Gordon Fee was about the only model we had for Pentecostal scholarship in the wider world that we had at the time. We had Pentecostal scholars who had given their whole lives to the Pentecostal movement, so we could have the opportunities we had in Bible college. But as far as an example of an open Pentecostal who was making a difference in larger evangelical and mainstream scholarship, Gordon Fee was the only one we knew of. Some people did not appreciate Gordon's determination to grapple with Scripture honestly in the larger academy, and one particularly dogmatic teacher was heard to denounce him as a "heretic." Once we heard that, those of us who were annoyed by that particular teacher's ranting against honest exegesis found Gordon Fee's New Testament survey tapes in our library. I listened to them over and over, taking notes more copiously than I could have if he were my professor.
One of my pet peeves at the school was that those who could voice their views publicly were pretribulational. With all due respect to those who disagree, including close friends of mine, I couldn't see it. I had tried to believe it, but as I kept reading Scripture it became clear to me that every single text used to support that teaching was out of context. An evangelist browbeat me into believing it as a young Christian, around 1976 or so. I answered every text he gave me with its context, but exasperated, he finally warned me that all men of God, like Jim Bakker and Jimmy Swaggart, were pretrib, and I had been a Christian for just a year. Who did I think I was? I reluctantly conceded his point, but a few months later learned that no one until 1830 had even heard of the doctrine, so most men and women of God through history, as well as many today, did NOT believe the doctrine. That was a turning point in my life: I decided never to believe what someone told me the Bible said without honestly grappling with it myself. The Bible's authority was not just a doctrine to be placed alongside our other doctrines: it was the source for all true doctrine.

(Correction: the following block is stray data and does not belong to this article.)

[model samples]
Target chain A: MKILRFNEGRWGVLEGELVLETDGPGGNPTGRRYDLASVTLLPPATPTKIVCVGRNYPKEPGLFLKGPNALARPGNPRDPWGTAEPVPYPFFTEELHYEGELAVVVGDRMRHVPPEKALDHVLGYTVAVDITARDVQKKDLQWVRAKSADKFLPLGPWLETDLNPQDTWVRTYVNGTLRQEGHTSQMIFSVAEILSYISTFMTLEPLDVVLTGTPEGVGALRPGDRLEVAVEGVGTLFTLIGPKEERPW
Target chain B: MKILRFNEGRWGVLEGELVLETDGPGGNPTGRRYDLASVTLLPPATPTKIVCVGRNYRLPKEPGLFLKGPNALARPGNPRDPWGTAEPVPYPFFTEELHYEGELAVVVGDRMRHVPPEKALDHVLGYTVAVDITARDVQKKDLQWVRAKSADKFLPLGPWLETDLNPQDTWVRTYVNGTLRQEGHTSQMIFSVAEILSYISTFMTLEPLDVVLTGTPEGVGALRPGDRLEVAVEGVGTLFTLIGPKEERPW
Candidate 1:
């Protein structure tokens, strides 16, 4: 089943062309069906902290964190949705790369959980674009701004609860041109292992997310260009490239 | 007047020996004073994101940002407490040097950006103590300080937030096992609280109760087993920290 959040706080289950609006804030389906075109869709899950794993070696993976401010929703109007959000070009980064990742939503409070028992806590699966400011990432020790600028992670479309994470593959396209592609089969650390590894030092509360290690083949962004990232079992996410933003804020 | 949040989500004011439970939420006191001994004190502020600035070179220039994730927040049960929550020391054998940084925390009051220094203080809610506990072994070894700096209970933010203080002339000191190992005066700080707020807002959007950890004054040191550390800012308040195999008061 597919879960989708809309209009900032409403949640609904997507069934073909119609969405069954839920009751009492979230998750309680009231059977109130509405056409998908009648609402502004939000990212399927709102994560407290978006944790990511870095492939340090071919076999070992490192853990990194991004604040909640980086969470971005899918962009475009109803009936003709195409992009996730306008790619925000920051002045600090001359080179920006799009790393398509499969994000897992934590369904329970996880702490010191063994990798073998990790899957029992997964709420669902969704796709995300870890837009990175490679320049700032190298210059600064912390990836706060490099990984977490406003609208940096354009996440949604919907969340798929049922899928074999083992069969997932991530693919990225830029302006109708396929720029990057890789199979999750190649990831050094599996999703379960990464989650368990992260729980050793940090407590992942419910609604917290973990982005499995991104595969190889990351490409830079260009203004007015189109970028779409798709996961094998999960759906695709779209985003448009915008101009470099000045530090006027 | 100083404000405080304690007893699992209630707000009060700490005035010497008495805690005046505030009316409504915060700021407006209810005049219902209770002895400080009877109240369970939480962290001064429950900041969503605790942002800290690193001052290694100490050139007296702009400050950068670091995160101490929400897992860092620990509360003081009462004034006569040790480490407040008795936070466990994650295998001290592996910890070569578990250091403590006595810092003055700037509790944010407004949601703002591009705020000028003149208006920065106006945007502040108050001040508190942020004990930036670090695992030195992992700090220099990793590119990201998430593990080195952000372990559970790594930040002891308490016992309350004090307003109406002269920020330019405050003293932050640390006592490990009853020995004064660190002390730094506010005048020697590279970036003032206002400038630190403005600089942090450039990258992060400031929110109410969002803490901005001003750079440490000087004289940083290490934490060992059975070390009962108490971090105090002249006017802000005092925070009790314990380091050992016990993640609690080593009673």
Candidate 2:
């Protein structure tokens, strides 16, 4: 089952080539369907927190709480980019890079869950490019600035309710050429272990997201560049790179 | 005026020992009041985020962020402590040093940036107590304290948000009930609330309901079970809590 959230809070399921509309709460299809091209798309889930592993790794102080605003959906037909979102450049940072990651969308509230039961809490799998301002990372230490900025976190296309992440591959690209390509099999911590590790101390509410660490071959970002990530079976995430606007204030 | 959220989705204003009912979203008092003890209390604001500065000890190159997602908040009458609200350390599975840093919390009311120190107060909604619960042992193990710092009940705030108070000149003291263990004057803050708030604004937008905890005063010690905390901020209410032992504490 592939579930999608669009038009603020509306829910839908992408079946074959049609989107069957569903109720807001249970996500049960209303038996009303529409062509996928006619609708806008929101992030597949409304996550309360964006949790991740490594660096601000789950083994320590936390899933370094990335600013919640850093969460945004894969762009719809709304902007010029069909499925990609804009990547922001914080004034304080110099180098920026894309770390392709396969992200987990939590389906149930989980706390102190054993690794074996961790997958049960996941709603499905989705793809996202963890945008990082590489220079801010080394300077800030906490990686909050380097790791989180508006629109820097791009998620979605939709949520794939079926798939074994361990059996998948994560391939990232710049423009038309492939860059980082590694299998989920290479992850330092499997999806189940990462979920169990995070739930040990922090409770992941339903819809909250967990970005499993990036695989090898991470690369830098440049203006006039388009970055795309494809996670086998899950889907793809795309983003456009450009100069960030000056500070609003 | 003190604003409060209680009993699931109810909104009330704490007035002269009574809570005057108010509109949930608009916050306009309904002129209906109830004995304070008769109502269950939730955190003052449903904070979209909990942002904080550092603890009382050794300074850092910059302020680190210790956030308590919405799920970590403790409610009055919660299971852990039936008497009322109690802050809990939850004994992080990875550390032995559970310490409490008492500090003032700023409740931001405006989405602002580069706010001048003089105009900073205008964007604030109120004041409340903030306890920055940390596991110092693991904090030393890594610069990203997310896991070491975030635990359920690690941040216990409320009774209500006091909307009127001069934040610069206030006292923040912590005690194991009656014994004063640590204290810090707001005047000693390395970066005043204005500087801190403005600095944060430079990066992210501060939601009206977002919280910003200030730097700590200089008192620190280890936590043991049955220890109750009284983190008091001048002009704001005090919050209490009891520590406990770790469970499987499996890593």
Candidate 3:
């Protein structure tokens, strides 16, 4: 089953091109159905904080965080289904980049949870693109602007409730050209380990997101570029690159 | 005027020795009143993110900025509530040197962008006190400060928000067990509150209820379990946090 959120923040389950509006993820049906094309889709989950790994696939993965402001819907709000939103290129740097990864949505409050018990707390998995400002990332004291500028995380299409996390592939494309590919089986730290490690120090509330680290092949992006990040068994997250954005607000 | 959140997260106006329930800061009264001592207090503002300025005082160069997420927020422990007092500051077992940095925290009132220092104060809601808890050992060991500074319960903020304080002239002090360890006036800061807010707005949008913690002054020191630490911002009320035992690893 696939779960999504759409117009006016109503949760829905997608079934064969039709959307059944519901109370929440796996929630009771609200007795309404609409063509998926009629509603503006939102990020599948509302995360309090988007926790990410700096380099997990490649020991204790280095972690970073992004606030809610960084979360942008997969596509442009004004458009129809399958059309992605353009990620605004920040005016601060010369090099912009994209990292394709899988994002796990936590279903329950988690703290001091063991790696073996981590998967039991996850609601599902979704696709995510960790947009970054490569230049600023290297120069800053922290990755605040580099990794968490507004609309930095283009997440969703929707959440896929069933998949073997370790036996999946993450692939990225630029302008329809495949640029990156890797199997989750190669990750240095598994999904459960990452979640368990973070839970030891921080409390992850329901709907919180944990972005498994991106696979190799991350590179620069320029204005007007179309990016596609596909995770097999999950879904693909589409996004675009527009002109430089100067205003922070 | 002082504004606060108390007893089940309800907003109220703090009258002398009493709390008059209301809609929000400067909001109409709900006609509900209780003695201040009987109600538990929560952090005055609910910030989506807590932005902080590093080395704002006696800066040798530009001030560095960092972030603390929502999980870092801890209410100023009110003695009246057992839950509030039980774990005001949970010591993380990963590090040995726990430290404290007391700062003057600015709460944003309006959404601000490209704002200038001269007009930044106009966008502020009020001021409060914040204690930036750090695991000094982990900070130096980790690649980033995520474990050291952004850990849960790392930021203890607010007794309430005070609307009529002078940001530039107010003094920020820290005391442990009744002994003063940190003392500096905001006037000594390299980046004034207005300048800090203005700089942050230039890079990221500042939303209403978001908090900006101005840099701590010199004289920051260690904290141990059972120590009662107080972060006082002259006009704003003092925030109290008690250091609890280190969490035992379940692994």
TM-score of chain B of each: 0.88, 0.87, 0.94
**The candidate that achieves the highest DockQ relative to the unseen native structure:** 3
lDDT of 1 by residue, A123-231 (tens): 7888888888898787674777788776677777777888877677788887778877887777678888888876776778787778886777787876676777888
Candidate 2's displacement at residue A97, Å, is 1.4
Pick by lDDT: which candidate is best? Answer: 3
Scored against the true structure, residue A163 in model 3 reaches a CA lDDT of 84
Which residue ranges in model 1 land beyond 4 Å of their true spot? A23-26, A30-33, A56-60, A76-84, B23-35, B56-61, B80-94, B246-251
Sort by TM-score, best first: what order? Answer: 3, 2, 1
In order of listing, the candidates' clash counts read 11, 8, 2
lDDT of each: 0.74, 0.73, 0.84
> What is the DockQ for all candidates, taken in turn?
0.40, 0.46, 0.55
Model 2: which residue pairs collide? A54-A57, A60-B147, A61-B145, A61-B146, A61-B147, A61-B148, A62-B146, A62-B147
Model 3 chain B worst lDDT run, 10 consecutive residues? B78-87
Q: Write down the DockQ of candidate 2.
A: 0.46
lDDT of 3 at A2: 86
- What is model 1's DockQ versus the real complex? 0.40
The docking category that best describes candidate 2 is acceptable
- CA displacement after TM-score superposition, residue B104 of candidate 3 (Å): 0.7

When I was going through Gordon Fee's tapes, he declared that someone who asserted that the church would not go through the tribulation had simply never read the New Testament. Because that was such an issue in my environment, I gravitated toward Gordon and toward Ladd's books, because I felt that they would do honest exegesis no matter what the popular opinion was. If my calling was to call believers back to Scripture, then that has to mean Scripture over denominational tradition, as well as Scripture over culture (a problem in some liberal churches) and over experience (a problem in some charismatic churches).
A lot of our graduates were going off to Gordon-Conwell to study with Gordon; I could not afford the move at the time, so I stayed, and Gordon soon left for Regent anyway. It was only years later, while I was doing my doctoral work at Duke and he came to speak in the area, that I was able to meet him in person and tell him what his example meant to me. In subsequent years I have gotten to know him better in person. When he mentored me, however, it was not in person (like Ben Aker) or through his books (like George Ladd). It was, amazingly enough, through his New Testament survey tapes in our library, which circulated like contraband in defiance of an overly dogmatic professor's criticisms. I guess that should be an encouragement to us that if we are faithful to what God called us to do, He is able to make a difference through us for the kingdom even in ways we cannot yet see.
NEXT FRIDAY'S QUESTION: Go ahead and tell us about George Ladd's influence on you. I know the readers will be fascinated.